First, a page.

“Miguel, I suggest we bet.” Kotov started, adapting himself to Miguel’s pace.

“On what?” asked Najdorf exhaling.

“I bet you don’t win the game against Gligoric.”

Najdorf stumbled and stopped, “What do you bet on?” he asked.

“My Golden Rook.”

(Just to let you know that at that very 1952 Olympiad opening ceremony, Kotov received the best tournament player of the year award. What’s more, the Golden Rook was of real gold!)

Najdorf agreed to it and put up his heavy gold watch in the bet. They shook hands.

* * *

So the game of the last round began (you may use a chess replayer below if you want to see the game in its entirety). The following position was reached after 38 moves. Zeitnot. It is Najdorf’s turn.

Position from Najdorf-Gligoric, 1952 Helsinki Olympiad

Najdorf-Gligoric, Helsinki 1952 (after 38…d3)

Here comes the culmination point of the story. Najdorf played 39.Nxd3, seemingly losing a pawn (39…Nxe4 40.fxe4 Qxe4+ and 41.Qxd3).

With 39.Nxd3 “Najdorf left a pawn en prise in time trouble, and then desperately clutched his head and reached out as if wanting to take the move back. Not having much time to think it over and not suspecting duplicity, Gligoric took the pawn, and soon thereafter lost the game. It transpired that Najdorf had staged the whole pantomime to blunt his opponent’s watchfulness. This can hardly be called ethical,” concludes GM Nikolai Krogius in his book.[3] (Allegedly, Najdorf had done a similar trick with Samuel Reshevsky before.)

It was a scandal, a provocation actually. The Yugoslav federation filed a protest. The appeal was rejected and the Yugoslavs went home with the bronze (see the top teams, their players and number of points scored in the Table 1 at the bottom of the page).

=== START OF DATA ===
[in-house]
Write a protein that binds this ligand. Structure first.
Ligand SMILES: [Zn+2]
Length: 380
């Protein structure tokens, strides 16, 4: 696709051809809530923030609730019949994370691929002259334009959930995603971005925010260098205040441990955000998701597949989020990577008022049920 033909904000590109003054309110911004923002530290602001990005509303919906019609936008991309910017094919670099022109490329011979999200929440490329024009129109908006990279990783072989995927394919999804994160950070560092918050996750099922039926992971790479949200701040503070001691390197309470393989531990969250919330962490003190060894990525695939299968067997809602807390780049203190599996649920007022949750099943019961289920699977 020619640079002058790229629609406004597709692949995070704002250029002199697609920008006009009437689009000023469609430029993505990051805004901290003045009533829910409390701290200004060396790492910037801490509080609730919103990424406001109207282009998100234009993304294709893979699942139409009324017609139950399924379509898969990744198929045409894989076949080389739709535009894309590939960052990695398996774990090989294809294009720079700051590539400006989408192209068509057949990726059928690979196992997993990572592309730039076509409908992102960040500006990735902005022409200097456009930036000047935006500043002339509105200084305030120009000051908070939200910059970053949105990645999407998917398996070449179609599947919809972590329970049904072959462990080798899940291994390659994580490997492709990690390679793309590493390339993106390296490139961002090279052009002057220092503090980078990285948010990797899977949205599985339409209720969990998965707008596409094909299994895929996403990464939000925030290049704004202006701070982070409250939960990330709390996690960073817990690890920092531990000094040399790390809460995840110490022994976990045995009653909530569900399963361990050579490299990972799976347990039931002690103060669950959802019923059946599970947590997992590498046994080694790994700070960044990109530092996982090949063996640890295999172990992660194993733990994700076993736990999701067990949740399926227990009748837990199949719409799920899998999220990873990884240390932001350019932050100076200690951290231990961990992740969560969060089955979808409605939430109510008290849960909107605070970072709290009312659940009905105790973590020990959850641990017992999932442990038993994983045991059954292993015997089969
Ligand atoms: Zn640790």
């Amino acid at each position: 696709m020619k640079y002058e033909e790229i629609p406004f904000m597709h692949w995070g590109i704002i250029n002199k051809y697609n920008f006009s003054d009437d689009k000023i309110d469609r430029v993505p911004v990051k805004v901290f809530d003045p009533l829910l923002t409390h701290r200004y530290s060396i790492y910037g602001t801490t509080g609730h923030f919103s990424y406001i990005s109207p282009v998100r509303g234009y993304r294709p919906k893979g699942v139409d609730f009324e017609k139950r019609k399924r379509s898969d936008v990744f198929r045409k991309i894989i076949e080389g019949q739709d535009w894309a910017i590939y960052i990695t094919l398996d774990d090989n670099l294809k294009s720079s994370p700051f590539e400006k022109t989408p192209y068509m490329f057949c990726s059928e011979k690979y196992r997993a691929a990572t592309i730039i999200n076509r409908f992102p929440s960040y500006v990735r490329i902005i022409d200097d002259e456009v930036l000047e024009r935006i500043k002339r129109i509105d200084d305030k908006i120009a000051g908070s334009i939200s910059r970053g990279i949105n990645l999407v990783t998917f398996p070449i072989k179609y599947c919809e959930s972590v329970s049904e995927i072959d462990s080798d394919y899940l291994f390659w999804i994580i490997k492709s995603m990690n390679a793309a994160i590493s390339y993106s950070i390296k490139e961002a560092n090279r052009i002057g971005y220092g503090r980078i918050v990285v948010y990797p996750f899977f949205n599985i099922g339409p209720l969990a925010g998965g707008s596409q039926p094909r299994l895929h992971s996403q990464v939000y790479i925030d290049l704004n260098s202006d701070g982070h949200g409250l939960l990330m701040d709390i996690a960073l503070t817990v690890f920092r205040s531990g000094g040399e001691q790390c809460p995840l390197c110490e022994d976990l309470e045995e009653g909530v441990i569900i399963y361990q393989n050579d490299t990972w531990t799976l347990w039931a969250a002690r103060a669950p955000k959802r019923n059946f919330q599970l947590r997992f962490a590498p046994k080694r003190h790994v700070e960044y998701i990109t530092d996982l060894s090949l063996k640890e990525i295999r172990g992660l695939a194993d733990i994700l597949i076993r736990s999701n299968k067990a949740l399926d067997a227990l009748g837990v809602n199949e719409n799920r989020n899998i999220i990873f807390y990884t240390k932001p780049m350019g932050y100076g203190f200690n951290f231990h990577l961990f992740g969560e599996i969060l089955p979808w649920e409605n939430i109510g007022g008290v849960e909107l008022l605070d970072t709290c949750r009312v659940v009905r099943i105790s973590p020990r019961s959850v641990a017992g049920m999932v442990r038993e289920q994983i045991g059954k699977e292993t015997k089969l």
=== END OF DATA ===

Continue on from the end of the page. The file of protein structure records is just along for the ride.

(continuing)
Here is Gligoric’s account on what happened:[4]

“Najdorf ‘ the king of South-American chess’ tried to defeat me with White on the top board, but I put up stubborn defense. When, in the decisive phase of the game I was thinking about how to reply, I was unexpectedly subjected to a cheerful conversation in Spanish between Najdorf and somebody else, right behind my back. Nevertheless, I managed to find a good move and Najdorf, as if in a trance, sat down, played his move offering me a pawn and then at once slapped his forehead as if realizing he had just made a ‘blunder’. I naively fell into the trap and, being in time pressure, grabbed the pawn [39…Nxe4??] after which Najdorf grabbed – a whole piece. Even the conservative Paul Keres, who watched the whole scenario, couldn’t stop himself from laughing, and perhaps I would have seen the funny side, too – since the bubbly Najdorf’s childish pranks were in a way cute – if it hadn’t been me who had just been defeated!”

They forgave Kotov the loss of the Golden Rook and he was even given in return a gilded statue of Vladimir Ilyich Lenin! Hooray!

How this anecdote is related to the birth of the Mar del Plata variation in the KID, you will see in an upcoming post…


1. Kotov, Knight, Rook and Tito (article in Russian in

Igor Dvinsky Mikhailovich graduated from the Moscow Aviation Institute. He lives in Montreal, Canada.

2. For example, Dvinsky says that the game has been adjourned; that Najdorf checkmated Gligoric, etc.

3. Nikolai Krogius, “Psychology in Chess,’  RHM Press 1976, p.170.

4. Svetozar Gligoric, “I play against pieces”, Batsford 2003


Table 1. 1952 Helsinki Olympiad Results (the top five teams)

Country Players Points
1 Soviet Union Keres, Smyslov, Bronstein, Geller, Boleslavsky, Kotov 21
2 Argentina Najdorf, J. Bolbochán, Eliskases, Pilnik, Rossetto 19½
3 Yugoslavia Gligorić, Rabar, Trifunović, Pirc, Fuderer, Milić 19
4 Czechoslovakia Filip, Pachman, Šajtar, Kottnauer, Zíta, Pithart 18
5 United States Reshevsky, Evans, Robert Byrne, Bisguier, Koltanowski, Berliner 17